The Nature Journal

my nature journal, 18 April 2009
my nature journal, 18 April 2009

Nature journaling is recording the natural happenings you see every day. Whether you write, draw, take photographs or press flowers, the result is the same, you end up creating a book that you love. You might like to take a look at my notebooks, I’ve been keeping since 1990. You don’t have to travel far or to some exotic locale. Your backyard or local park is just fine.

In fact, I like keeping a nature journal of my backyard better than a field trip to someplace new. By studying what goes on in my backyard, I get to know the place I live on a much deeper level.

If you keep personal diaries and would like a change, this might be just what you were searching for. It is easy, inexpensive and a great stress reducer.


pages from my nature journal
pages from my nature journal

Keeping a nature journal or naturalist’s notebook can be a wonderful hobby.

It is a satisfying way to get to know and understand the land that you live in. My notebooks help me to know, share, live respectfully and protect the land.

  • For writers, it is useful for generating ideas and first drafts. Observations can find their way into natural history essays, poems, and other writings.
  • For artists, it can contain field sketches, detailed drawings, and photographs that can be used to base finished works on.
  • For crafters, a book filled with bark or leaf rubbings, prints and pressed flowers and plants can be quite satisfying.
  • For gardeners, it can record the bloom times, insect hatchings, and harvest times of fruit and vegetables.
  • For naturalists with a scientific bent, it can follow the Grinnell Naturalist’s Field Journal system. It consists of a field notebook, field journal, species account, and catalog. You can use one or more of these components. I use a modified Grinnell format myself. See also citizen science.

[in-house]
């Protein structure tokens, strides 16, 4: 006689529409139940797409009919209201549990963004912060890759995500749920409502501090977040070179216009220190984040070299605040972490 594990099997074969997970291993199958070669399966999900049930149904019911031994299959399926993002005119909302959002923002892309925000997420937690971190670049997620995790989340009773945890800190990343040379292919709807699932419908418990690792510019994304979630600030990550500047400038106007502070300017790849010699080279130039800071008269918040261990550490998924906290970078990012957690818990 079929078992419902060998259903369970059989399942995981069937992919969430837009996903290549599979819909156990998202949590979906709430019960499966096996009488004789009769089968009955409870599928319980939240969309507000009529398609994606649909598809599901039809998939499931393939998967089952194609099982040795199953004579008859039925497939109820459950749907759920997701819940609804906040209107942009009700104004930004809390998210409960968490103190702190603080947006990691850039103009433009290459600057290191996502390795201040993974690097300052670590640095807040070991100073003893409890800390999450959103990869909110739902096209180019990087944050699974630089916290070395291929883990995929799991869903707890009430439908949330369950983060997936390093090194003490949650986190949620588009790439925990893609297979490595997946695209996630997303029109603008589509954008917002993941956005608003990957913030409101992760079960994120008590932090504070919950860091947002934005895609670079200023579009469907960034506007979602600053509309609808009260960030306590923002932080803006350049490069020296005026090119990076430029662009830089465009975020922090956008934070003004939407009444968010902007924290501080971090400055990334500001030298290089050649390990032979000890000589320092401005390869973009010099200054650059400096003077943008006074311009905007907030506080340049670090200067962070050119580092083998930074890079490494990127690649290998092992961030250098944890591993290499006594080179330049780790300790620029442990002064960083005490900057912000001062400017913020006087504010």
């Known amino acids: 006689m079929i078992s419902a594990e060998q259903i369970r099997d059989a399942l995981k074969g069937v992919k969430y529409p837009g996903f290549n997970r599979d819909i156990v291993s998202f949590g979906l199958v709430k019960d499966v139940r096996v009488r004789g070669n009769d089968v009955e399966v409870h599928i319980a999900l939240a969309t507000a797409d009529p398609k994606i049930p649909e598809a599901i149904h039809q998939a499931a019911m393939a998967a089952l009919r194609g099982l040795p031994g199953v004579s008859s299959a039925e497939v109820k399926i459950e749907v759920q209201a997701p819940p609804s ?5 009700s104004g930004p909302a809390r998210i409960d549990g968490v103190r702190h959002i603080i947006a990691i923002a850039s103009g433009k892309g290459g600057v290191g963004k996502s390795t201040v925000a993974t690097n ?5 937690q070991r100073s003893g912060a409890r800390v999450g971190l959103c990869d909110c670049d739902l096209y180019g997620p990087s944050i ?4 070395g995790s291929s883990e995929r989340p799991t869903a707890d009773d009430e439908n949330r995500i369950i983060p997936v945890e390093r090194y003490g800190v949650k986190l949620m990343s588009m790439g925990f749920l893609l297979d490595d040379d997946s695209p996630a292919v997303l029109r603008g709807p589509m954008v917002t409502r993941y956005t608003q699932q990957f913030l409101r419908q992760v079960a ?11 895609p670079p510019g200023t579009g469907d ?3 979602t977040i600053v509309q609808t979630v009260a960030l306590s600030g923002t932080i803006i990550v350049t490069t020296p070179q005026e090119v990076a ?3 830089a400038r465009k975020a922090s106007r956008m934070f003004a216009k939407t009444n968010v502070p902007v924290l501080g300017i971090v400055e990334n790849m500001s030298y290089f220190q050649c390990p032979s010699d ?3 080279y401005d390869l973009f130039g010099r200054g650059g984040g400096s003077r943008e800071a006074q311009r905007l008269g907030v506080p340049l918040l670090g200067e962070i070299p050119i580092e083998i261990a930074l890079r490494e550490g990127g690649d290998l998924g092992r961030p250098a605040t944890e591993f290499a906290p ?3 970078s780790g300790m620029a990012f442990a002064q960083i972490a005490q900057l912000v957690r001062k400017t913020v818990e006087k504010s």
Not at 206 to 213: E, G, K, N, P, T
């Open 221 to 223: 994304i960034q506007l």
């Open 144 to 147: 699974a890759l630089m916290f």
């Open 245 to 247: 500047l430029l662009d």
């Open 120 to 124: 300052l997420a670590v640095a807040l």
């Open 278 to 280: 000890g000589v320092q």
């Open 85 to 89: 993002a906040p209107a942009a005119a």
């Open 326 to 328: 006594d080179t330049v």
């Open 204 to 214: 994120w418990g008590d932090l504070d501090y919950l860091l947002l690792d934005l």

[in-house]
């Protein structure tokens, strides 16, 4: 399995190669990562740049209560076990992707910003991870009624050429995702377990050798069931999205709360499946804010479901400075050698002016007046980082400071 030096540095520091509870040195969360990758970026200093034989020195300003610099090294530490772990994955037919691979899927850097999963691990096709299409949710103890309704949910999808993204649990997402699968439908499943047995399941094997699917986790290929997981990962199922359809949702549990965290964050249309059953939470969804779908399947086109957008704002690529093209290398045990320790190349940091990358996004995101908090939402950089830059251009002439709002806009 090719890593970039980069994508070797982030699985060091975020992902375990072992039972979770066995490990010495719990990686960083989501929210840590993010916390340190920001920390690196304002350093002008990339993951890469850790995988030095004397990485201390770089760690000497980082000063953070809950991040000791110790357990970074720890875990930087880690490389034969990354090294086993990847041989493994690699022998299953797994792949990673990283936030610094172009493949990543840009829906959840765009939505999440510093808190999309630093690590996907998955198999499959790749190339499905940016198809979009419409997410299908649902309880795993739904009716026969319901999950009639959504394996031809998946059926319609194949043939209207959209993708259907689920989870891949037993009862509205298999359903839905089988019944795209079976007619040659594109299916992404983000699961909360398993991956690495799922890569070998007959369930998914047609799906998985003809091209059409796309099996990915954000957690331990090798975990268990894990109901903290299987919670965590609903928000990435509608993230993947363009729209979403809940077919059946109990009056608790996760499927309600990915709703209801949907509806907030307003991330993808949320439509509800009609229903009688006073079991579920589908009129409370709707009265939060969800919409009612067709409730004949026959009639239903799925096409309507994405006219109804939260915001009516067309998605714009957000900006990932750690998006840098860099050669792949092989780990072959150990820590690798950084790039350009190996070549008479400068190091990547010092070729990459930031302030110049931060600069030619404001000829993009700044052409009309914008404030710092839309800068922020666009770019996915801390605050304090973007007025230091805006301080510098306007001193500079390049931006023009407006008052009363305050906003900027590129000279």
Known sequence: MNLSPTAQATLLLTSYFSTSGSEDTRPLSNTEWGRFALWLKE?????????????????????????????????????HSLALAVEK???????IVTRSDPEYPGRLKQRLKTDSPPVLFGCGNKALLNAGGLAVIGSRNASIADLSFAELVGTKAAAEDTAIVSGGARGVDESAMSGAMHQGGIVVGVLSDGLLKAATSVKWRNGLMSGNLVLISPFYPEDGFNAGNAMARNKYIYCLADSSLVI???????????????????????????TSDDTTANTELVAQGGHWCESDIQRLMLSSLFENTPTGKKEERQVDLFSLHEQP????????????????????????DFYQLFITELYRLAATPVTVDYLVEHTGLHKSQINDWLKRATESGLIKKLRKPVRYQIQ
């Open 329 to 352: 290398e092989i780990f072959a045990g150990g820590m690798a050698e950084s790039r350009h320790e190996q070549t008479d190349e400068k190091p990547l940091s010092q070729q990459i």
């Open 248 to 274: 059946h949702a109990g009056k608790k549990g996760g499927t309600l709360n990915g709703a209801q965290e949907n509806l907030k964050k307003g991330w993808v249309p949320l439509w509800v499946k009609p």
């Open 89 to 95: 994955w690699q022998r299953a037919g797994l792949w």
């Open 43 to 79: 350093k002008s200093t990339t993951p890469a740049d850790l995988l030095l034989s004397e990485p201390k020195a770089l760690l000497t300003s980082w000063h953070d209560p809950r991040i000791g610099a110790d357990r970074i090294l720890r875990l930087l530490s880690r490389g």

white oak twig from my winter nature journal
white oak twig from my winter nature journal

The Seasonal Nature Journal

Another approach is the Seasonal Nature Journal. A chronicle is kept of the changing seasons and the thoughts and feelings that arise from watching ever turning the wheel of the year.

And of course, you can combine approaches. Knowing about the many approaches can help you to develop your own personal style. So what do you write down? What do you draw? What materials do you need? Start by reading the observation checklist. It is a very basic list and a good guideline to start off every entry. From there move to choose a place and a guiding theme. And then on to journal writing prompts.

And if you are still hesitant, I can assure you that since 1990, I have not once been visited by the journal police. Even with saying that, a naturalist’s notebook is not meant to be private but is often shared with others. Keeping a separate personal diary where you can record your private thoughts and feelings solves the privacy issue.

But, then again, your naturalist’s notebook or field journal is yours, to do with what you will. My task is to guide the newcomers so they can make their own self-made path.